From writer/director Peter Livolsi, the indie dramedy The House of Tomorrow follows sheltered 16-year-old Sebastian (Asa Butterfield), who was raised inside a geodesic dome. When a stroke sidelines the grandmother (Ellen Burstyn) that he lives with, Sebastian starts sneaking out to spend time with Jared (Alex Wolff), a chain-smoking punk music obsessed teen with a heart transplant who he met on a guided tour of their home. Soon, the two have a band and a real friendship, and Sebastian must decide if he wants to carry on with the teachings of futurist Buckminster Fuller for his grandmother or if he wants to choose his own next step in life.
During this 1-on-1 phone interview with Collider, actor Asa Butterfield talked about why he wanted to play this character, what most struck him about this story and the work of Buckminster Fuller, who is actually a real person, what it was like to be in the dome, the immediate friendship he had with Alex Wolff, and how much fun he had getting to learn the bass and play live for this film. He also talked about working with Simon Pegg and Nick Frost on the horror comedy Slaughterhouse Rulez, enjoying his time off, and what he looks for in a project.
Collider: When this came your way, you’ve said you were you were asked to consider both Sebastian and Jared, to see which character you leaned more toward. What was it about Sebastian that ultimately pulled you more in his direction?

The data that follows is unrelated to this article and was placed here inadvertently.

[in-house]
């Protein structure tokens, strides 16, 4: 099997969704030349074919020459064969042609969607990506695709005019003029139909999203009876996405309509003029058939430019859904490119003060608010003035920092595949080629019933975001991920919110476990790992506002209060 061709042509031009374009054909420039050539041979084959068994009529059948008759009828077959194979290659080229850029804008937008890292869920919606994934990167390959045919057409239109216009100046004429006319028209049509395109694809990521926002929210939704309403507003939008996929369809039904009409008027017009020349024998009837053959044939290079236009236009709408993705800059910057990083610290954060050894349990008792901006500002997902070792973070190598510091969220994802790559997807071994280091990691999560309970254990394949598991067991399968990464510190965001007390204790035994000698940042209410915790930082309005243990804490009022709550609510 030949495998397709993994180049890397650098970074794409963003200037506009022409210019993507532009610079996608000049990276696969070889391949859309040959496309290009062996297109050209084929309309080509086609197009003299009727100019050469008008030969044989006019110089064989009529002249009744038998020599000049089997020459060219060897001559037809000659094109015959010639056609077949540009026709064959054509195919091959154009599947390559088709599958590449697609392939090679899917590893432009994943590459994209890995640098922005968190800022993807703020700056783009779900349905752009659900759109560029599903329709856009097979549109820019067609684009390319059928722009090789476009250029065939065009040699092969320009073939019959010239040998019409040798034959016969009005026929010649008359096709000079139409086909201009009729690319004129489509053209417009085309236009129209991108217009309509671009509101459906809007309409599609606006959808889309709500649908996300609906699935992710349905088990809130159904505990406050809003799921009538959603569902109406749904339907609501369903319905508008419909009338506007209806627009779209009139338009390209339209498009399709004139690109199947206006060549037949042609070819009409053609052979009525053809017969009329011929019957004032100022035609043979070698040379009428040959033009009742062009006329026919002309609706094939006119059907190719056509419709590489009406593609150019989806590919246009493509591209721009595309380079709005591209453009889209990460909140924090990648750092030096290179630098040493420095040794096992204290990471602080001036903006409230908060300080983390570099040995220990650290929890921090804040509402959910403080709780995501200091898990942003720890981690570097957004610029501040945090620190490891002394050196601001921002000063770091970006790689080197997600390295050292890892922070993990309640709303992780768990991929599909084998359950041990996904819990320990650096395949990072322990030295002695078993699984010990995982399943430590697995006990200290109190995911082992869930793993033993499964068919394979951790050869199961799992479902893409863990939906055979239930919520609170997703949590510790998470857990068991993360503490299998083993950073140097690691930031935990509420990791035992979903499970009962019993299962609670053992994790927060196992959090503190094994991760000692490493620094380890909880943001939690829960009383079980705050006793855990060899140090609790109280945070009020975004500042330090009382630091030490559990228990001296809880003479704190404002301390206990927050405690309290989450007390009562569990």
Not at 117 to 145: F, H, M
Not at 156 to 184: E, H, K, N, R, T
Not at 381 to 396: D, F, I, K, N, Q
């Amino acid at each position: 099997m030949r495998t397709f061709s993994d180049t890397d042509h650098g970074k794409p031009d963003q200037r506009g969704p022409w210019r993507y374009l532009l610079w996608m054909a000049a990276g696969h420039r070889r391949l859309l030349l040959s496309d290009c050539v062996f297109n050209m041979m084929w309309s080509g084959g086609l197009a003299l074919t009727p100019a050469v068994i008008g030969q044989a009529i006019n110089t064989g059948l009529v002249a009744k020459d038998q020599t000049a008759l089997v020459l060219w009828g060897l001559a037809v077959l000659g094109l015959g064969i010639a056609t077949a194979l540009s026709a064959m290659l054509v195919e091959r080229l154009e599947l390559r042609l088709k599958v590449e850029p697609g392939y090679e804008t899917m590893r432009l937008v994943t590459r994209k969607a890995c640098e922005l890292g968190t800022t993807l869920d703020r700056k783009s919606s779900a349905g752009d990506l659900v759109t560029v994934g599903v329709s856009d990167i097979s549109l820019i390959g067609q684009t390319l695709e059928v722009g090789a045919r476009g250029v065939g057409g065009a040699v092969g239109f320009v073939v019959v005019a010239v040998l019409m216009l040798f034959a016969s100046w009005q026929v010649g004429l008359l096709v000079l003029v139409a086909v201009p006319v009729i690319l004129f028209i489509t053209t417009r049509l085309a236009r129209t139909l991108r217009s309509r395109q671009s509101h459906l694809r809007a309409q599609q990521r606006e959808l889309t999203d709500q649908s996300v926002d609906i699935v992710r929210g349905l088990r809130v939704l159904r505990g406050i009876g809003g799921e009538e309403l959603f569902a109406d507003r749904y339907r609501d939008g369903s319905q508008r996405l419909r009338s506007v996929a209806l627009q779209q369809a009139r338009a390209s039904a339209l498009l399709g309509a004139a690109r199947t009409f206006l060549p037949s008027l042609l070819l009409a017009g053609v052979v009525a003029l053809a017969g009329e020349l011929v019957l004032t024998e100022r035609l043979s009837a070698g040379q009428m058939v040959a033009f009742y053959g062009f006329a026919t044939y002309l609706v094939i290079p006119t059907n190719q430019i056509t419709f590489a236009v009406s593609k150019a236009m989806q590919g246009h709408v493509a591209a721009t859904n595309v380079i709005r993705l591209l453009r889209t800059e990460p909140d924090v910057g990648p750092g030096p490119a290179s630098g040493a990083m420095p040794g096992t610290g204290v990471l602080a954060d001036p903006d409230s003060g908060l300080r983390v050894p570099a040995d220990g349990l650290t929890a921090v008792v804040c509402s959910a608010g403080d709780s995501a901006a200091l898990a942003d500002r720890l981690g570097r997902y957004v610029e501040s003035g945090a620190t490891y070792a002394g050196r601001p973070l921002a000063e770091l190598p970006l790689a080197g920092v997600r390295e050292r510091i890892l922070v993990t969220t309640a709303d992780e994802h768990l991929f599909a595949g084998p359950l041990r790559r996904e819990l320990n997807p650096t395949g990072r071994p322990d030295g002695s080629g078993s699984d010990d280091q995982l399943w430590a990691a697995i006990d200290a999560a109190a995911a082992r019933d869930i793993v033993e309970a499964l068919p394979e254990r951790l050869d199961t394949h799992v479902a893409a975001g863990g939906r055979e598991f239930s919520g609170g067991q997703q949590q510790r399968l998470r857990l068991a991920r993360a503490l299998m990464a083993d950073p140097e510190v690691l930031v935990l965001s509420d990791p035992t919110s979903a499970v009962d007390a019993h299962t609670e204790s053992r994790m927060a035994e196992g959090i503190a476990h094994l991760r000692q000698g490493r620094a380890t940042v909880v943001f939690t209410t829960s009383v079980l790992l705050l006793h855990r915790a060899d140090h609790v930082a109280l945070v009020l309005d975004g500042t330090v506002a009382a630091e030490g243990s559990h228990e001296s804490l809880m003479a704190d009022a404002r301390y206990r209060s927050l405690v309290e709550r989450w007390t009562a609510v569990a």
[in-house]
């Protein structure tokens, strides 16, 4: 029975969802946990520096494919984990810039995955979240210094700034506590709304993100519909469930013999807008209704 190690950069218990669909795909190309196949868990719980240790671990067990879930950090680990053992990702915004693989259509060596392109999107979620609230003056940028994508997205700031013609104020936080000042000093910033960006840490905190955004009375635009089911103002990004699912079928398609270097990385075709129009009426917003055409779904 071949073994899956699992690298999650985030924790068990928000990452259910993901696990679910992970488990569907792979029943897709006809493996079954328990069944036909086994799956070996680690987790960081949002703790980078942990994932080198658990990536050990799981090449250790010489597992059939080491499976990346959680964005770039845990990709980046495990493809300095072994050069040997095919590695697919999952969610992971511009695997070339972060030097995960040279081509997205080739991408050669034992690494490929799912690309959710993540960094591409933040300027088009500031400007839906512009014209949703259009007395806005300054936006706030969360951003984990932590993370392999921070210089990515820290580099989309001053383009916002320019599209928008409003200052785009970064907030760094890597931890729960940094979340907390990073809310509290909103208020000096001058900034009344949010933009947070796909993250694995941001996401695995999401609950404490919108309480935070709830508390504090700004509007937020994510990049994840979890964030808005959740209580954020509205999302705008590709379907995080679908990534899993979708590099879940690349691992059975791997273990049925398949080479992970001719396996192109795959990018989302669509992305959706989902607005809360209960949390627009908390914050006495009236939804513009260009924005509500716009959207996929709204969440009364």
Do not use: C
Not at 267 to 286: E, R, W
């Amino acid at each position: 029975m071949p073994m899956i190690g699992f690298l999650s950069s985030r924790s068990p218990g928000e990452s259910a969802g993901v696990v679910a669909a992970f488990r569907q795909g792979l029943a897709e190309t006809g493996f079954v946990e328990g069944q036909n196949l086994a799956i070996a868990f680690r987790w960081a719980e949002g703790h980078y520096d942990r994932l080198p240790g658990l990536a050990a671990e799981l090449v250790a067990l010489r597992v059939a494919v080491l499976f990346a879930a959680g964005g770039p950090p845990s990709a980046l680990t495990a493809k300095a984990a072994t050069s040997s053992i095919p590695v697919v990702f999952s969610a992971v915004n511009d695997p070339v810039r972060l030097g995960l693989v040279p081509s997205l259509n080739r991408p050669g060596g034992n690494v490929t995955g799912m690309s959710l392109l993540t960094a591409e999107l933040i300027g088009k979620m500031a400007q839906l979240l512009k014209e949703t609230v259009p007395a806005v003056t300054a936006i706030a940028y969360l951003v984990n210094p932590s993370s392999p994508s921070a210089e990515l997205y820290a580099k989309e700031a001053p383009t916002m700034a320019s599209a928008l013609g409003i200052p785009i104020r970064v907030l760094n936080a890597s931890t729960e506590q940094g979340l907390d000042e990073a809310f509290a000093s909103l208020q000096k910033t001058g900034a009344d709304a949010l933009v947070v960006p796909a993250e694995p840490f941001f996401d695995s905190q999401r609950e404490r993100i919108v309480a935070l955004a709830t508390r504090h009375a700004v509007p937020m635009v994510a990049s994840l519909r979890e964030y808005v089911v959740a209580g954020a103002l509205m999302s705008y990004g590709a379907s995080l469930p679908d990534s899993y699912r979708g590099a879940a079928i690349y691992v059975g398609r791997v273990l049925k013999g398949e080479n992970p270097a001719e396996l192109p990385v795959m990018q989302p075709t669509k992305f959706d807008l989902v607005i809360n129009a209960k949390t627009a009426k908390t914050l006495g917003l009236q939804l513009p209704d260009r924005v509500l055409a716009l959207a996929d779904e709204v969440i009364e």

ASA BUTTERFIELD: I don’t know. It was a mixture of things. I knew that the Jared character would need be someone who was incredible confident in music, and punk music in particular. I am a musician, I play the piano, and I love music, but I loved Sebastian’s journey and his rebellion through music and the discovery of it. I thought that was a really sweet story. Me and Alex both were in the same situation, where we naturally leant toward each character. It was great.
This is a coming of age story, which we’ve seen a lot of, but one that feels very unique and different. When you did finally read the full script, and you learned about this kid who was living in a dome with his grandmother, what most struck you about the story?
BUTTERFIELD: That’s a good question. All of these characters have their own voice, and they’re unique and different. Jared has this pain inside of him that he’s deflecting through confidence. And then, Meredith is trying to juggle all of these things and keep her family together while she’s a teenage girl. I just thought it was an amazing ensemble.